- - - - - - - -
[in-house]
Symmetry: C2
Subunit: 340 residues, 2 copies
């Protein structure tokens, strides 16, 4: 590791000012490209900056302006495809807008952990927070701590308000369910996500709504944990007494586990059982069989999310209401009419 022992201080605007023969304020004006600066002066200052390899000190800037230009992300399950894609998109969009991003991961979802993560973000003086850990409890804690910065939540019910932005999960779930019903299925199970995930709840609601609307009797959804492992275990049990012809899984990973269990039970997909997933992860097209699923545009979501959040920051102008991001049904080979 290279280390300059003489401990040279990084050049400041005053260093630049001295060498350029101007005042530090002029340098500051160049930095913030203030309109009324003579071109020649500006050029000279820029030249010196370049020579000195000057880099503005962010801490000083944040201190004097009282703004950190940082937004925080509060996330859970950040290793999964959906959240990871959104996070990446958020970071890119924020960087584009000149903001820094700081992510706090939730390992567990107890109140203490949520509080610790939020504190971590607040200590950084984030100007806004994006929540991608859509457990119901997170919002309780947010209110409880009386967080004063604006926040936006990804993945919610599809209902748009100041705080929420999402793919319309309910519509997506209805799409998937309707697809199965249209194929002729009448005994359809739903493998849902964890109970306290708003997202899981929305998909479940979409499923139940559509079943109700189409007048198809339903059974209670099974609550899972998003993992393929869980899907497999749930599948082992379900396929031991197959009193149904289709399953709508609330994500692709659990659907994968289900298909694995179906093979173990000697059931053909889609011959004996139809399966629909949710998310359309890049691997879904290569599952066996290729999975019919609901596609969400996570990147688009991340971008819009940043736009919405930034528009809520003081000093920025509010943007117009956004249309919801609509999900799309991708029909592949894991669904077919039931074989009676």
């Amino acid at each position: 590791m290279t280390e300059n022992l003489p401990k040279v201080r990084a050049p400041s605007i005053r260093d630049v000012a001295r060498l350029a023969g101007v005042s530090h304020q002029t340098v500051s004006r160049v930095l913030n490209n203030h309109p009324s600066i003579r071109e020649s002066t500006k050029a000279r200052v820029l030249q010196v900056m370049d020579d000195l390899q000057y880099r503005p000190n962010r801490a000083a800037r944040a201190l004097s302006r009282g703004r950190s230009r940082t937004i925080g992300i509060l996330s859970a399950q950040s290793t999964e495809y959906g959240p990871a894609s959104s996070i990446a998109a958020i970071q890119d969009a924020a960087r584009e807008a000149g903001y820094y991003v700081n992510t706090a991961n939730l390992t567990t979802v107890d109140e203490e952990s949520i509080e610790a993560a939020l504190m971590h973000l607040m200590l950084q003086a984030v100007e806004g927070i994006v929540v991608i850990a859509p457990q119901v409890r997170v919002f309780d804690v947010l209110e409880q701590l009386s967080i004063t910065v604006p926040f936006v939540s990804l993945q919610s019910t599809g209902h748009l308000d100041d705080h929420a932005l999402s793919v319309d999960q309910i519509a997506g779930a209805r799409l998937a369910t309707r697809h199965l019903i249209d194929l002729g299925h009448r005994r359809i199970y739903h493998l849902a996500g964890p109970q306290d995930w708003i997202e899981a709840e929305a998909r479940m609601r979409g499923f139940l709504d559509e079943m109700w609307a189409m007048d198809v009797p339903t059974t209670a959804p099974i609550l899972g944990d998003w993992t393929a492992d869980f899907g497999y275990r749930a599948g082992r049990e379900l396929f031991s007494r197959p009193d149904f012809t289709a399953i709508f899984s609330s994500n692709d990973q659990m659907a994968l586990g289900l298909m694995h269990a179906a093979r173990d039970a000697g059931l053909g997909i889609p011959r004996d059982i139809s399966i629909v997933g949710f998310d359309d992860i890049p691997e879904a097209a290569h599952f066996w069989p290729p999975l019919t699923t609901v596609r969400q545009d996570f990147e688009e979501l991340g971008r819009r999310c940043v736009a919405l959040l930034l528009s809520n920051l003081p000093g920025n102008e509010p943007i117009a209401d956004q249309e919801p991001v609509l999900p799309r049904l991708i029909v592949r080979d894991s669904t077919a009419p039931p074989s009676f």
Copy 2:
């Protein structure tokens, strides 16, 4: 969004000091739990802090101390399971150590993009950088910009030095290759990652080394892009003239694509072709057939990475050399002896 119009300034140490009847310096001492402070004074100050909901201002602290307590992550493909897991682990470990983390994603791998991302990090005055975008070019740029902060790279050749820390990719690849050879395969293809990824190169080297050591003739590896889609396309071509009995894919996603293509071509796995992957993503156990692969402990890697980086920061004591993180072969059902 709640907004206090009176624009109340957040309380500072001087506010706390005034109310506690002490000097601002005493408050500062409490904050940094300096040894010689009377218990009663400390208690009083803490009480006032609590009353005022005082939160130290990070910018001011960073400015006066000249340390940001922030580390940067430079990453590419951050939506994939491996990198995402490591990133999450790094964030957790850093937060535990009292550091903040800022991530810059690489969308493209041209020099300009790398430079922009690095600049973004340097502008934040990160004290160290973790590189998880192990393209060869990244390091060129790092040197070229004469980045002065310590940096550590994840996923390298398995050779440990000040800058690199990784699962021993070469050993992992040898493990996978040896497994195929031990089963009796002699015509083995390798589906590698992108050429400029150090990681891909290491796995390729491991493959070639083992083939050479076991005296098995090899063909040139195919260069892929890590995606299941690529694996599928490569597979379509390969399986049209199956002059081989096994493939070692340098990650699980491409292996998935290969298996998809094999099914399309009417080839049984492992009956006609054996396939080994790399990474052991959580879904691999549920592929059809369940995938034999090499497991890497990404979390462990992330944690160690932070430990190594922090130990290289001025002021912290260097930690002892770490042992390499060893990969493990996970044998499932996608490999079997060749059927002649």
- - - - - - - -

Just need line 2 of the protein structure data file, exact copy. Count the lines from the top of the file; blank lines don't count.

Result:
Symmetry: C2